Review: Spider-Man: Far From Home
Last year, I wrote a rather long article about Sony’s history with Spider-Man and their numerous attempts to make their own Cinematic Universe. Spider-Man: Homecoming and Venom were both box office successes, and each of Spider-Man’s appearances in the Avengers films solidified him as one of the MCU’s most popular heroes. Sony seems ready to take their Spider-Man Cinematic Universe to the next level - yet, with Spider-Man: Far From Home, Sony cements Peter Parker as the central hero of the Marvel Cinematic Universe instead.
Until now, I was convinced that Sony’s grand scheme was to create their own, separate but adjacent, cinematic universe. Yet Spider-Man: Far From Home could not get further away from being a standalone film. Much like Captain America’s solo sequels, Far From Home was made to carry the MCU’s story forward. Its entire plot revolves around the events of Avengers: Endgame. “The Blip”, the name given to the 5 years in which half the human population disappeared, brings up so many questions and those answers completely rest on Spider-Man’s shoulders. The ridiculousness of it all is explained best by the first 5 minutes of Far From Home, and the comedic tone of the film was a relief after the destruction of Endgame, but why would Sony’s solo Spider-Man film carry this burden? Homecoming was so great because it touched on the MCU, with a villain created by the Avengers and Stark’s mentorship, but did not become fodder for the MCU’s ongoing arc. Far From Home does the opposite of this and it’s Spider-Man’s story that falls by the wayside because of it.
Far From Home doesn’t try very hard to deal with the trauma Peter Parker should feel after the death of his mentor, and countless others. I found myself waiting for his breaking point, where the images of Iron Man that blatantly follow him around from scene to scene would cause him to deal with the fact that he was alone. It does finally happen, but this film cannot balance how light-hearted it wants to be with the pain that Peter Parker, and the film, is obviously avoiding. For most of the film, it feels like Parker is unaffected and is fully invested in trying to date MJ instead.
This Spider-Man is unlike any of his iterations before and it’s Tony Stark’s fault. While Iron Man’s death could have become the Uncle Ben arc that some fans claim Holland’s Peter Parker is missing, this film hardly touches on his feelings after the loss of his hero and father figure. Instead, Parker’s relationship with Tony Stark only made his life harder. Everyone around him asks if he will be Stark’s replacement and Stark left Parker access to some of his most valuable technology.
The amount of conveniently available and absurd tech that Peter Parker is handed in this film is over-the-top, even for a superhero film. Spider-Man is no longer a friendly neighborhood crime-watch hero, a lifestyle he was able to balance as a 16-year-old. Unlike in Homecoming, Parker now embraces these upgrades, even when they prove to be too dangerous. Apparently he didn’t learn his lesson from the Instant Kill setting in the first film. This flip-flopping on Parker’s core ideal that he doesn’t need the advanced technology to be a hero, and that maybe all of that isn’t his brand to begin with, is definitely a sore spot for this sequel.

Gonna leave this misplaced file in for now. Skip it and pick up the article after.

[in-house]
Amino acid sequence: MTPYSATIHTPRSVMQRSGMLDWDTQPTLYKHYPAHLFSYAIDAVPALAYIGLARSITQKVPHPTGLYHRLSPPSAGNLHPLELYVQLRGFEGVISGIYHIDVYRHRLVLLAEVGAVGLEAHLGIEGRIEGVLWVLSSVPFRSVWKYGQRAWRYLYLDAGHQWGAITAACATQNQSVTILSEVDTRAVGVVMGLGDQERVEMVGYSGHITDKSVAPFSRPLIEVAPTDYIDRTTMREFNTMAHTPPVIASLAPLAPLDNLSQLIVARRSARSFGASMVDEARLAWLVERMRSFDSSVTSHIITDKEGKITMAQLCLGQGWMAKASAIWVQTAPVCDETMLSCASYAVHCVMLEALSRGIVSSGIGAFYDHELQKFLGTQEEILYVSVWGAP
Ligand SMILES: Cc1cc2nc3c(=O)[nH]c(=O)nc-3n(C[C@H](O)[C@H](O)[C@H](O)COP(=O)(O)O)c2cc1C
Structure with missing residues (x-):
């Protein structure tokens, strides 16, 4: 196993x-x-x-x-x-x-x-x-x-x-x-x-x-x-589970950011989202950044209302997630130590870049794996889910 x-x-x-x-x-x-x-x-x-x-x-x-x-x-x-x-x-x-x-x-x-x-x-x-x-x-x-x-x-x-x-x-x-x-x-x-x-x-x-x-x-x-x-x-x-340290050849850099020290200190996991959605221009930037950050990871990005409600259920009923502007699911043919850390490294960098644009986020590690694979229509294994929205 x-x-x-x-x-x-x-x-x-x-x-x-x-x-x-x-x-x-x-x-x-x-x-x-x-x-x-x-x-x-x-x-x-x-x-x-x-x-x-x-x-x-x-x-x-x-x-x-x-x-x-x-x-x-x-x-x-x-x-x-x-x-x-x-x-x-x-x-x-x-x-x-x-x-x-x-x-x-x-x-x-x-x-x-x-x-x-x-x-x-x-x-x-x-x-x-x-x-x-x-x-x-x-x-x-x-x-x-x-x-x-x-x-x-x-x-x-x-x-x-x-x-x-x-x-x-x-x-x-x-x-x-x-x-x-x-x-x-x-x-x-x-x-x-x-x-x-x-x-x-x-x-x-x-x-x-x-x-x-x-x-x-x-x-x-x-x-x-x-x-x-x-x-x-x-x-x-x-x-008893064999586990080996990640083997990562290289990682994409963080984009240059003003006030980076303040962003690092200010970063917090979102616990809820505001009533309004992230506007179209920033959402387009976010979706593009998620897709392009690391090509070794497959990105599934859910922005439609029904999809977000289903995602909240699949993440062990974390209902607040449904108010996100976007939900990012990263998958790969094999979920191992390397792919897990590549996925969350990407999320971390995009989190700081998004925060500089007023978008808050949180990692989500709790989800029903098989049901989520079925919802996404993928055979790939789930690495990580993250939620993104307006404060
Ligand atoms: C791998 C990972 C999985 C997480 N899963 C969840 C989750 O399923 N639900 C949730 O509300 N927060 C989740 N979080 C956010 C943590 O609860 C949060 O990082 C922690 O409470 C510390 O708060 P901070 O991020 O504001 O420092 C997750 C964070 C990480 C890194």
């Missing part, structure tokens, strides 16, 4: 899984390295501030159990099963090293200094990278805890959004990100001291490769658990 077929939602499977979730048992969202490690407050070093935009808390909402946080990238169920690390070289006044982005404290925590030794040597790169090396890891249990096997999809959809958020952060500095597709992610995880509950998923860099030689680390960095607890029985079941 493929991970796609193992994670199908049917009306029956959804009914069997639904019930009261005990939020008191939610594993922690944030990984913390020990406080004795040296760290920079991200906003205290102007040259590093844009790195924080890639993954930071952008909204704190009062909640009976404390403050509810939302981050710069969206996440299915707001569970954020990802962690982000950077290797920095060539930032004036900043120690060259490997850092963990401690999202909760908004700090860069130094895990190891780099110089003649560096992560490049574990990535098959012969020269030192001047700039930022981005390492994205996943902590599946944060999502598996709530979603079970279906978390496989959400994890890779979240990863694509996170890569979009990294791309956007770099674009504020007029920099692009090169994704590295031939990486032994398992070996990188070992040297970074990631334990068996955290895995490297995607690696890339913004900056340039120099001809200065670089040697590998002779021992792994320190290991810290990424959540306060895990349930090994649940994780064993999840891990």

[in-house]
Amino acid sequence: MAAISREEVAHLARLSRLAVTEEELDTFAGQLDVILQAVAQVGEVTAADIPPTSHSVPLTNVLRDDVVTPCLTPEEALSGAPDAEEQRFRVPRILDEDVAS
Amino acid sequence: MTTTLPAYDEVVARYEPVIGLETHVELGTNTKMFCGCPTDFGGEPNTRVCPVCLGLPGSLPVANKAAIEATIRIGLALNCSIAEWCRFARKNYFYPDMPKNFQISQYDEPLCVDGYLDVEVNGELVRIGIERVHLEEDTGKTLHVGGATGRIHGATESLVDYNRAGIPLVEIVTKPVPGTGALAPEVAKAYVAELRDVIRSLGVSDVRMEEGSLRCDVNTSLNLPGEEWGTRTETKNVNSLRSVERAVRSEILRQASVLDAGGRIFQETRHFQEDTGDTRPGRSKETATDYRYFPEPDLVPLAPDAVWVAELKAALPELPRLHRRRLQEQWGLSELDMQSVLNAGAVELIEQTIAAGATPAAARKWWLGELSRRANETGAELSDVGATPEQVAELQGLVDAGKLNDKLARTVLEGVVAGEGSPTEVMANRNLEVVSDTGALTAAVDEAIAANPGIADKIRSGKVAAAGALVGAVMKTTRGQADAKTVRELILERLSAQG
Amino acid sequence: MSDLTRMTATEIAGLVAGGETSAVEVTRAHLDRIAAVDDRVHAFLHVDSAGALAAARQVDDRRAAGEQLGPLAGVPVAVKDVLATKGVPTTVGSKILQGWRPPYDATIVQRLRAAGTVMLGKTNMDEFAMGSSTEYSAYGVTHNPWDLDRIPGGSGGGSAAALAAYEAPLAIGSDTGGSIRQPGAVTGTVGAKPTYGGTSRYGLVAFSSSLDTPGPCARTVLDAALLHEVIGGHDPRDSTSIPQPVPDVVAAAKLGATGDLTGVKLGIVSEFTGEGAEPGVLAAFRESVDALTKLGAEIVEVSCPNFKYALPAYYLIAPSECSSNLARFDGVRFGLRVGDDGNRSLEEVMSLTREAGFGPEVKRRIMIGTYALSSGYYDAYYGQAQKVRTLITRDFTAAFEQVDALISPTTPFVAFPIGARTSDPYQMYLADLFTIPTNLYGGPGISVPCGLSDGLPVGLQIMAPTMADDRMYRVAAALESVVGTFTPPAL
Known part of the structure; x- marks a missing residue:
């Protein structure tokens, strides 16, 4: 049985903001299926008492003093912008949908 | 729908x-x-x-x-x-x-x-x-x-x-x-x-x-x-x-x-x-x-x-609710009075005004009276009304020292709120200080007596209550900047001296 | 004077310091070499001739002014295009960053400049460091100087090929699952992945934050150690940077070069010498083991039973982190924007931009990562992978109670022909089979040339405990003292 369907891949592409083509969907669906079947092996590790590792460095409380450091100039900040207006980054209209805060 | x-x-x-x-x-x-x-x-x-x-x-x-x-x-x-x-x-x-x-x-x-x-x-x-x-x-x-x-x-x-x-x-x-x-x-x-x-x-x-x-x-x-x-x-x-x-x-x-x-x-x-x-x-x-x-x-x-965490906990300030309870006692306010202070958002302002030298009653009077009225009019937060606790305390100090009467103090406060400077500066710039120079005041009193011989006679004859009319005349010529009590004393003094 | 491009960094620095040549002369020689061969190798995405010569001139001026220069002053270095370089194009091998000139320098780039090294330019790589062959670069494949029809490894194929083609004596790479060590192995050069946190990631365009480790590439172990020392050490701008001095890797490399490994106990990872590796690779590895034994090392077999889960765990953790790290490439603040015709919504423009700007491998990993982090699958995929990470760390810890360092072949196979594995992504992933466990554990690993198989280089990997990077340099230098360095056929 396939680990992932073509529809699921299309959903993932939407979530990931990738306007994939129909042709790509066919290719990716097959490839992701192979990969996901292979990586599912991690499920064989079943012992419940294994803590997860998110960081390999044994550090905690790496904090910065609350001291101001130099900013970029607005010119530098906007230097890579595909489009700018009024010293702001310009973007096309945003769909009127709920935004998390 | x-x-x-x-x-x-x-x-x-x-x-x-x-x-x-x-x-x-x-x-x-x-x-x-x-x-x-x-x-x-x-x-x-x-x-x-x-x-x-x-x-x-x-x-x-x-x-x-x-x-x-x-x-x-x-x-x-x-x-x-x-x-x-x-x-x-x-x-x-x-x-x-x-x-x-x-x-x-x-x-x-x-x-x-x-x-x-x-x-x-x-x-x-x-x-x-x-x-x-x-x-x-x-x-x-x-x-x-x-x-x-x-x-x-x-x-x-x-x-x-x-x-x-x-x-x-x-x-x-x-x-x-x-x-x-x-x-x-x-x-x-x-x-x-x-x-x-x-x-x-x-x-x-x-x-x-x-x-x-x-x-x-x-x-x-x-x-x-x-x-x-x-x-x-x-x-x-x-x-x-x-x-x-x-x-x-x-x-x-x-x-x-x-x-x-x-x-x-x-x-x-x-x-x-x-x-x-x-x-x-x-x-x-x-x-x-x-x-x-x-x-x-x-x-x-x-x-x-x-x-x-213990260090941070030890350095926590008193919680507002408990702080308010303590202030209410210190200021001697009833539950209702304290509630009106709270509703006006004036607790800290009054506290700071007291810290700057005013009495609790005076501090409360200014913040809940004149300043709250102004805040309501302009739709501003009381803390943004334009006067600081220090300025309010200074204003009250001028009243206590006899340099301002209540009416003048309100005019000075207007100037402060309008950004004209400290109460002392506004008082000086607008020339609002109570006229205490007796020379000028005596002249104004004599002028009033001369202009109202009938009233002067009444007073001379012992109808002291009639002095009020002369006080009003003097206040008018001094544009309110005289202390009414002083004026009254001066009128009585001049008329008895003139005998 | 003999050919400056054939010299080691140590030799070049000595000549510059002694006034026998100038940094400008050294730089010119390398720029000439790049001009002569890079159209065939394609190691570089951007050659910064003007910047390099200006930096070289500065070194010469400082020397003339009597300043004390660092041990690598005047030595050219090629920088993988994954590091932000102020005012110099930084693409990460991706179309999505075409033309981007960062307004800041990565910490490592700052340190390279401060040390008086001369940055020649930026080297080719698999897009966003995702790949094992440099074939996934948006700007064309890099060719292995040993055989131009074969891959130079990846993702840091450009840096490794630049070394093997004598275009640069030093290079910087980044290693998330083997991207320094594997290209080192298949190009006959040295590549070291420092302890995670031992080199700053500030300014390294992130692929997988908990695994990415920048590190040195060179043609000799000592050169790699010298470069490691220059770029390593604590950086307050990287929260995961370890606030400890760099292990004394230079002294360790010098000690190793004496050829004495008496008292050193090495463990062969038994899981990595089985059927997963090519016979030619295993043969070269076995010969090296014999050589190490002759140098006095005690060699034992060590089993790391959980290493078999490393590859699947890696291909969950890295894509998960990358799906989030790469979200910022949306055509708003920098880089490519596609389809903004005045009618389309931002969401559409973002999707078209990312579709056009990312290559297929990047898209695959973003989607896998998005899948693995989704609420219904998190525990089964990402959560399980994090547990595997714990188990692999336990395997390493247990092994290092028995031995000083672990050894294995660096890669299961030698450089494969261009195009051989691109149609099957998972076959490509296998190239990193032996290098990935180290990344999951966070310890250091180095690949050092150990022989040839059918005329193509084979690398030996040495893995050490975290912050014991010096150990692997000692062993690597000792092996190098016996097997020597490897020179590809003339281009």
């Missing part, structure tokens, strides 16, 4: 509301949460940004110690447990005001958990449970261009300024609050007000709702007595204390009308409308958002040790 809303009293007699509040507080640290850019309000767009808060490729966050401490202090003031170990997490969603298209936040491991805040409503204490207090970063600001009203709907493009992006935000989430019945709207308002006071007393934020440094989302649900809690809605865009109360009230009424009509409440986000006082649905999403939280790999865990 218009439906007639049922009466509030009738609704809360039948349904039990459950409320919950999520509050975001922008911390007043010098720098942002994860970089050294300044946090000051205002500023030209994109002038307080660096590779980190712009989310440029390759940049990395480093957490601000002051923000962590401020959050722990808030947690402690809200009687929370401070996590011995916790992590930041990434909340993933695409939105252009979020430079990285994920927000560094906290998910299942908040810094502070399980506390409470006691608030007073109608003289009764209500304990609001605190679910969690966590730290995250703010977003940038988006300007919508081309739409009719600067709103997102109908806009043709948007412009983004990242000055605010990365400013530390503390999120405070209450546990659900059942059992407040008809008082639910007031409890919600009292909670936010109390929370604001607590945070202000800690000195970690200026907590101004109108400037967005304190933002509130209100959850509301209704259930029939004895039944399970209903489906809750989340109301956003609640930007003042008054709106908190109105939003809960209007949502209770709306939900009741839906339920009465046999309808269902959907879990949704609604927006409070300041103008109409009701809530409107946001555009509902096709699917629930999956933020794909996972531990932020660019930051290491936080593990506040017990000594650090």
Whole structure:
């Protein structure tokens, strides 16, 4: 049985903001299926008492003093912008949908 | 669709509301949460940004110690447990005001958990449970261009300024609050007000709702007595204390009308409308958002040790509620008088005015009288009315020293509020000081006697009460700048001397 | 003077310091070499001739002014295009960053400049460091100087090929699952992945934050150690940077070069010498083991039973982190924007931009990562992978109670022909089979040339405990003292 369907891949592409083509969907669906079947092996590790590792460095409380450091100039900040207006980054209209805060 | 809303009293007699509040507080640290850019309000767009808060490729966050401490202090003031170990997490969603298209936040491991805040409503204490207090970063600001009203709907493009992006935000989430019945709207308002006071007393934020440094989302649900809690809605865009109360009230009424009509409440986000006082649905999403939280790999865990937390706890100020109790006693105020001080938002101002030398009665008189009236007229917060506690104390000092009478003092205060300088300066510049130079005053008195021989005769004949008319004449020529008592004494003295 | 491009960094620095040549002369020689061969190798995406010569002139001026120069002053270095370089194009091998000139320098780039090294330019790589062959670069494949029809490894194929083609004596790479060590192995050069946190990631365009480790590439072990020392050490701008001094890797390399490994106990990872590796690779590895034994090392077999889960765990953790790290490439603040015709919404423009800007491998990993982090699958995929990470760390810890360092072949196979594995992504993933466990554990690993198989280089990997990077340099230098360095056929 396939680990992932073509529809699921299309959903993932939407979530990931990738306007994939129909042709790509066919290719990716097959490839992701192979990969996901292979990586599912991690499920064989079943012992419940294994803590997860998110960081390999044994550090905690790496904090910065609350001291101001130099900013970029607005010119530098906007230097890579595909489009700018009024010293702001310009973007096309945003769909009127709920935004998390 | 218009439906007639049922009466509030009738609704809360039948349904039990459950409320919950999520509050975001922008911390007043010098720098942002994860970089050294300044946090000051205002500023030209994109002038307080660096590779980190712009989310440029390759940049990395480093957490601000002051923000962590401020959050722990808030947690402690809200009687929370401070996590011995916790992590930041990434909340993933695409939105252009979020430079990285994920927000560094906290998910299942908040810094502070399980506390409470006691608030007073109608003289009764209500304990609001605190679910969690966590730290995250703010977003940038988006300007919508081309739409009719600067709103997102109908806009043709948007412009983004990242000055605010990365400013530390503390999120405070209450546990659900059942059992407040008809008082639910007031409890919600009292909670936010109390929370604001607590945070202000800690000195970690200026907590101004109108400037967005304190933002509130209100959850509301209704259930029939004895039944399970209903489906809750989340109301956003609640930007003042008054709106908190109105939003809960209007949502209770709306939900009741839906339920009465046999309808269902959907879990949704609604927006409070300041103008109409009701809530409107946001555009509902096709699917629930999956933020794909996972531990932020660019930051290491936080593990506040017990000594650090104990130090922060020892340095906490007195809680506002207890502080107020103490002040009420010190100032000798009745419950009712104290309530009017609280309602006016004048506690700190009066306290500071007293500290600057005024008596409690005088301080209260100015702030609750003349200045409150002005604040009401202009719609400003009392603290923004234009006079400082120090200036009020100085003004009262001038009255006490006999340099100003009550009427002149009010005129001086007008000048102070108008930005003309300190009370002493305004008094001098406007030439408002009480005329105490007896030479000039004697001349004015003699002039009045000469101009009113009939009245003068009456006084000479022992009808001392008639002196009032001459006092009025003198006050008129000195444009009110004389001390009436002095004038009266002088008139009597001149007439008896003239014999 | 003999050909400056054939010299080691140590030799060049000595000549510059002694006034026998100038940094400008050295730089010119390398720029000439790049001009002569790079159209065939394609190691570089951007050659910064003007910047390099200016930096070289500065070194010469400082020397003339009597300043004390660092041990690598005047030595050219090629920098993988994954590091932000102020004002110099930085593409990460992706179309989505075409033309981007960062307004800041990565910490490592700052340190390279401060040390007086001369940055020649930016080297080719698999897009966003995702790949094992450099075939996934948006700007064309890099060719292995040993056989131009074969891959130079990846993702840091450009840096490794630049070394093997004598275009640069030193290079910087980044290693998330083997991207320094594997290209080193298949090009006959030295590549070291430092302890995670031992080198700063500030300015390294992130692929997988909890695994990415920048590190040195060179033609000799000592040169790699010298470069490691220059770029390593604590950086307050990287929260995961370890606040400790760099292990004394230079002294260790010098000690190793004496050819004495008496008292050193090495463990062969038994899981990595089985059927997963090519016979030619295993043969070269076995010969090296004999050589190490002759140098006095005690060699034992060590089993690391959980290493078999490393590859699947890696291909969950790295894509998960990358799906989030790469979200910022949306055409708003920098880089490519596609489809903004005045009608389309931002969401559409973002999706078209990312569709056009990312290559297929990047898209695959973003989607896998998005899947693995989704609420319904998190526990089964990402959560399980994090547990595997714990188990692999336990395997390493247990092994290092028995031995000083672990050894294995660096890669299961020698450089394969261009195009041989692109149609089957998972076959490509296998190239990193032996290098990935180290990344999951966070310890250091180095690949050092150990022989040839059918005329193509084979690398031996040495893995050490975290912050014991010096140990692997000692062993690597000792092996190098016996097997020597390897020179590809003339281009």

Despite some lack of character development, Far From Home excels in experimental fight scenes, some of the most original since Doctor Strange. It’s hard to go into too much detail without getting into spoiler territory, but just know that these fights are relentless and stunning. They leave you disoriented, in the best way. The final battle shows off Spider-Man’s true strength and I can’t wait to watch that scene again.
And then there is Jake Gyllenhaal, playing Mysterio, a superhero that appears after the events of Endgame to fight the Elementals, a group of ancient beings that want to destroy Earth. All I can say is Gyllenhaal plays a great Mysterio. His costume is gorgeously detailed, his powers look cool, and though he’s playing the film version, Mysterio’s character is true to his comic book origins. This interpretation worked well on screen and there are many fun nods to his original backstory. Gyllenhaal and Holland’s scenes give us some of the only emotional beats of the first half of the film.
A few more honorable mentions: Zendaya’s role is absolutely amped up in Spider-Man: Far From Home and her comedic timing is spot on, as usual. She stays true to the character and her quips are some of the best in the film. Samuel L. Jackson’s one-liners kill and his performance is probably my second favorite appearance of his Marvel films after Captain Marvel. Peter’s classmates are all great as well, especially Brad, played by Remy Hii, who is Parker’s competition for MJ’s attention.
As a fan, I am having a hard time putting together the puzzle pieces left behind after the events of Endgame. The implications of having half a population disappear for 5 years and then reappear begs so many questions. It’s almost unfair that Spider-Man: Far From Home is saddled with covering so much exposition just to get the audience back on track. And yet, I still can’t quite tell what Marvel and Sony’s next step will be in this intricate Cinematic Universe they’re weaving. Spider-Man: Far From Home is a solid installment in the MCU, but lets Spider-Man down. This, along with a big reveal during the mid-credits scene, may leave some fans of the character with a bad taste in their mouth. Everything now rests on Disney and Marvel’s D23 announcements to help us make sense of it all.